Marvel: But are we really sure that comics are always superior to movies?

Marvel: But are we really sure that comics are always superior to movies?


With the Guardians of the Galaxy Holiday Special, now streaming on Disney+, the controversial Phase 4 of the Marvel Cinematic Universe (MCU) officially comes to an end. A particularly prolific two-year period in which Marvel superheroes - from Black Widow to Spider-Man, from Doctor Strange to Moon Knight - have extended their sprawling presence from the cinema to the small screen. A sequel of films, TV series and special appearances that has turned everything - perhaps too much - on experimentation, leaving fans to comment and criticize the direction of one of the largest and most lucrative cinematic universes of all time.

“Yes, but it's different in comics” is the nerdy phrase par excellence, to be whispered at the cinema to friends who don't read comics and only know superheroes from movies. A phrase that is also a leap of pride when something alarming happens on the screen, an omen of disappointment, a joke out of place. To say yes, it's fun, but look, there's more to comics, the characters aren't specks, the stories are more articulated, situations that can be resolved on the screen in two hours often require years of sagas, prequels and sequels.

All this was and remains true, and the comparison is merciless. There is no comparison between what can be told in hundreds of pages and dozens of stapled albums, and what must instead be condensed and usable in 2 hours and 19 minutes of film (the average runtime of Phase 4). But if we were to draw an honest balance of the entire MCU, we would realize that there is at least one fundamental point on which the films trump the comics. And that's exactly what Marvel comics once prided itself on: continuity, the idea that everything happens in a world where time runs linearly and events in the past have an impact on what happens in the present.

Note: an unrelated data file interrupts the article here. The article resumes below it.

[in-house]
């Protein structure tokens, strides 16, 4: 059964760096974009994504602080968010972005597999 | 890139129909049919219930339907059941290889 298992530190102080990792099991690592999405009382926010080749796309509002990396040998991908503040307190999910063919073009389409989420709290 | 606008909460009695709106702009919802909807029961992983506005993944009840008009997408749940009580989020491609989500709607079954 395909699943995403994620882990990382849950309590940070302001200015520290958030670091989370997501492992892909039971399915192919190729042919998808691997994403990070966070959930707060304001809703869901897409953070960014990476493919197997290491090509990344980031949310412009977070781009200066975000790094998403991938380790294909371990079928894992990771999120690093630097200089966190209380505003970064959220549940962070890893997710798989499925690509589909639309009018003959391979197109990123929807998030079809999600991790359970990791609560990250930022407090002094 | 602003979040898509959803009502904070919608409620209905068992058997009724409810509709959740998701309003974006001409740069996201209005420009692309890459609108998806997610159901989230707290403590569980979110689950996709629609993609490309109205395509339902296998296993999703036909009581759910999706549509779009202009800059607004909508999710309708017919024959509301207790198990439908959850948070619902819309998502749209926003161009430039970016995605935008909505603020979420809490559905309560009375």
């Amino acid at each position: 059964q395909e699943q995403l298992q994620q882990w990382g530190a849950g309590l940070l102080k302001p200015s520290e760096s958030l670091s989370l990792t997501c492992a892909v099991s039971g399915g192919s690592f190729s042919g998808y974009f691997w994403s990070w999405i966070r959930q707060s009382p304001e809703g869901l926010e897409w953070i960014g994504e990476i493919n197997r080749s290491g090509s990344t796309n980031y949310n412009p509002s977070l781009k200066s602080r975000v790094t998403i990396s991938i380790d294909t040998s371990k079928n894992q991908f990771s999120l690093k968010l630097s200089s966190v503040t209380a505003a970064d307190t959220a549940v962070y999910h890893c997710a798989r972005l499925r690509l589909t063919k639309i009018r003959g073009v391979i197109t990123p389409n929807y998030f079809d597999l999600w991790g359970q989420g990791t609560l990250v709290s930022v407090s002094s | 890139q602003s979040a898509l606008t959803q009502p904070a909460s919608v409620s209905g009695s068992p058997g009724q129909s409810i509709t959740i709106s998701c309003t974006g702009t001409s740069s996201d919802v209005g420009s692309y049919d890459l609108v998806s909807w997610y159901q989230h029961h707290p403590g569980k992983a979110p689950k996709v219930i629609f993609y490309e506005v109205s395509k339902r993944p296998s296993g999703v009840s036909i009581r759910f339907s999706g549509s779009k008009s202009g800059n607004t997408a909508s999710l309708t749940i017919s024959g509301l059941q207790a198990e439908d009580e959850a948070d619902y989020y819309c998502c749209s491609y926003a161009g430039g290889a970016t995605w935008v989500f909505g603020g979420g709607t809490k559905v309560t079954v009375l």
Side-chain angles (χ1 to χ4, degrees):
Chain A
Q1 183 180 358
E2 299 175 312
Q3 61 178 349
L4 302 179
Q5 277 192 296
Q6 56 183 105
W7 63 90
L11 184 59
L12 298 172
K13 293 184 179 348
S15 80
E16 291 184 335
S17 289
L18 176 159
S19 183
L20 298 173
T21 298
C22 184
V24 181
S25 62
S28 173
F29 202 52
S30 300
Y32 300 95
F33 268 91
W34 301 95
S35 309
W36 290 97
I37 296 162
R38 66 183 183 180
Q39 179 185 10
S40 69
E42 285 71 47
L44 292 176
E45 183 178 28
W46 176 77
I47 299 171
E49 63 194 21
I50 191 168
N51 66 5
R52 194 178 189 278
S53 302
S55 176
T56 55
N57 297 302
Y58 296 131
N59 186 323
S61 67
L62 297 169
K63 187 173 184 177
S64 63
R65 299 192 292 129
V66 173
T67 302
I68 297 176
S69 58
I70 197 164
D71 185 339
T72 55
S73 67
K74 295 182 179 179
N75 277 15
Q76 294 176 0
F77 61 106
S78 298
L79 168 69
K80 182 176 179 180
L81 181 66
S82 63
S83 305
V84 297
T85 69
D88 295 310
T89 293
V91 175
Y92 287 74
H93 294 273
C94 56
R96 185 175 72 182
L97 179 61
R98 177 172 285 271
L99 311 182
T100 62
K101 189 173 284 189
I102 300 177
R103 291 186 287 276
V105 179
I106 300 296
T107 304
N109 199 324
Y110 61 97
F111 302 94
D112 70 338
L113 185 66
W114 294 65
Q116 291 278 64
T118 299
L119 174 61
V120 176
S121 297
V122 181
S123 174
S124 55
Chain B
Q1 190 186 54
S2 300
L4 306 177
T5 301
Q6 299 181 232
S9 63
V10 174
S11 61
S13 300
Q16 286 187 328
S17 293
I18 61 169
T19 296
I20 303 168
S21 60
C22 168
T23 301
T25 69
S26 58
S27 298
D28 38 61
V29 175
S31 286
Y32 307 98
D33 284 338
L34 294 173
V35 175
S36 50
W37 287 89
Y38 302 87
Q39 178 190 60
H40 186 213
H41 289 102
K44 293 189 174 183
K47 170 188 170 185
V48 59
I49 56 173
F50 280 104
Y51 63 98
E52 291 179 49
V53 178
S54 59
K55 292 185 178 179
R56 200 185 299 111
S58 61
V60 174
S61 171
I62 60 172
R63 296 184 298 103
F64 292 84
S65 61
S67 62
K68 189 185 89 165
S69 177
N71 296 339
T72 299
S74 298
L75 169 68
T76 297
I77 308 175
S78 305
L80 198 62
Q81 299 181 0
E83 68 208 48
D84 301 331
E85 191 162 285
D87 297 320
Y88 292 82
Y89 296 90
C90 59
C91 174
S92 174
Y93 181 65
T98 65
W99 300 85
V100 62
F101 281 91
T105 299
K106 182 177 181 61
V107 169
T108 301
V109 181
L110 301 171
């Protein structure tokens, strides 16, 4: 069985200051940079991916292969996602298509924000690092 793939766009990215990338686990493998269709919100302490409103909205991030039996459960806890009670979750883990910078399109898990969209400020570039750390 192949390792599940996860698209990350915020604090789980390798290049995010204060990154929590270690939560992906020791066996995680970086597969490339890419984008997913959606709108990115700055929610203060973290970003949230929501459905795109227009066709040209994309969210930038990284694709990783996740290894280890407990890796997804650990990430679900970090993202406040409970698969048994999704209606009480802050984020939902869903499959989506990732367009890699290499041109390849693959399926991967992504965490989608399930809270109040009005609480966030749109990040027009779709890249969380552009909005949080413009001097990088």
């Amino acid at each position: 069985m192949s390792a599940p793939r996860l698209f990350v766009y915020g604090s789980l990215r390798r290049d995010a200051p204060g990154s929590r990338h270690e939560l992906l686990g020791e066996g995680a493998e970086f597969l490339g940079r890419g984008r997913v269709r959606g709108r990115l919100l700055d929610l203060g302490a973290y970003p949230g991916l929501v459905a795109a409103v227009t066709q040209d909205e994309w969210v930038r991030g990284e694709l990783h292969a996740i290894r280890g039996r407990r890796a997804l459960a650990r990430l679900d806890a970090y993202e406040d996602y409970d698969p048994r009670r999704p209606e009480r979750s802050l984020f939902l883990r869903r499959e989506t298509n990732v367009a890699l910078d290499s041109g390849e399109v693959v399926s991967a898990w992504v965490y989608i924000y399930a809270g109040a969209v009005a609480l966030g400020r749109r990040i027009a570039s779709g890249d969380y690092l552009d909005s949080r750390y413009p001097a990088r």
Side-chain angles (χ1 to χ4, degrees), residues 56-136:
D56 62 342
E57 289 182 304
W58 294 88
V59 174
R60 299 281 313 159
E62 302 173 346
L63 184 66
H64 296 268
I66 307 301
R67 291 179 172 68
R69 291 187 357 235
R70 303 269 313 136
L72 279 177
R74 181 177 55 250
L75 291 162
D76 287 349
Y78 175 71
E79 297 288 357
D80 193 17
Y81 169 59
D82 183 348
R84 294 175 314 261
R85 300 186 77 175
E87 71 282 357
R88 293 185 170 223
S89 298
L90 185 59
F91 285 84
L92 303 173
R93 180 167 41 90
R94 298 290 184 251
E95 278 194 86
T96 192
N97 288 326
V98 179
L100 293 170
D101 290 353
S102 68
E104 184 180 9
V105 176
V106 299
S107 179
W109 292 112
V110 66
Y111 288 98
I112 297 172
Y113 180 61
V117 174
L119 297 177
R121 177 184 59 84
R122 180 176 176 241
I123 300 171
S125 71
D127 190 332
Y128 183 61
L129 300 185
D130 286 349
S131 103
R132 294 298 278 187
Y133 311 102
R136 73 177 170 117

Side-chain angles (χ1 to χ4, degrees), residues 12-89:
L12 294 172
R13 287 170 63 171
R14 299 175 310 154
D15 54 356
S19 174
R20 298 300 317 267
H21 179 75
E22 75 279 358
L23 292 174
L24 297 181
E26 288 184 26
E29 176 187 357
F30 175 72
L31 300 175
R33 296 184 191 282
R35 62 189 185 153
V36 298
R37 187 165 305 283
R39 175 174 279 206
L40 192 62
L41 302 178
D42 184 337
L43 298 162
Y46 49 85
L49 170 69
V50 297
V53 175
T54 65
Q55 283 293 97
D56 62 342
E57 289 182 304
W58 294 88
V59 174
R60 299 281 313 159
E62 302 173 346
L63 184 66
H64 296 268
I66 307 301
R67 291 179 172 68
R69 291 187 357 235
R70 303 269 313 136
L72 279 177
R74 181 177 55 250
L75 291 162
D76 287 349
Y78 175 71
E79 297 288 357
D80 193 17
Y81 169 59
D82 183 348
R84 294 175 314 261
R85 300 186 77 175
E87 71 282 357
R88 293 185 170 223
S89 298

Mind you, when we talk about the superiority of the Marvel Cinematic Universe continuity over the Marvel Universe we are not talking about inconsistencies in the timeline of events - those are as much in the movies as they are in the comics. But of the malleability of continuity itself.

All comic book readers are used to the constant deaths and resurrections of their favorite heroes. All comic book readers, sooner or later, will have sighed with resignation when the narrative arc of a character (protagonist, supporting actor or villain, it makes little difference) is swept away by successive writers or by “a new, exciting beginning! Back to the origins! The perfect entry point for new readers! (TM)". At least, DC Comics is more honest in its need: every now and then a cosmic event resets the universe, and so on. At Marvel, however, the reboots are always soft, on mirrors so smooth that not even Spider-Man manages to climb it well.

Black Panther: Wakanda Forever (and the decision not to replace the late Chadwick Boseman, but to find him a successor within the framework of a sensible narrative) is the final demonstration that the 'Mcu has taken a different path. King T'Challa will not return from the Ancestral Plane. Just as Thanos will no longer snap his fingers, Steve Rogers will no longer pass Sam Wilson to the left, and Tony Stark's heart can indeed rest in peace. If you want, that's also an unforgiving and unfair comparison. Comics have to keep churning out new books and stories at a factory pace, so characters always have to return to their state of greatest interest to readers. golden eggs!

Movies they respond to other logics: the actors get old and need to be replaced, so the heroes have to die or retire with their WWII girlfriends, to be replaced by new generations; screen time is limited and the budget required for each film is hundreds of millions of dollars, so there will be no space (or interest, or money) to narrate the thirty-first clash between the Avengers and Ultron-99.

The great risk of the Multiverse , with the idea of ​​​​Variants and characters that come from alternate dimensions, is that the eminence grise Kevin Feige and the upper floors of Marvel Studios want to use it as a weapon to pierce this almost magical integrity. By shuffling the cards on the table, changing the actors without killing the characters, bringing the dead back to life and introducing real reboots into the MCU - that is, nullifying the greatest advantage of films over comics.

For now, the Multiverse is just a storm gathering on the horizon, and the storm may pass without doing any damage. For now, the great cinematic sagas have a beginning and an end, unlike those of the comic universe. Of this the fans from the MCU can only be grateful; for the possibility of approaching comics by whispering to friends: “Yes, but look, it's different in the movies”.

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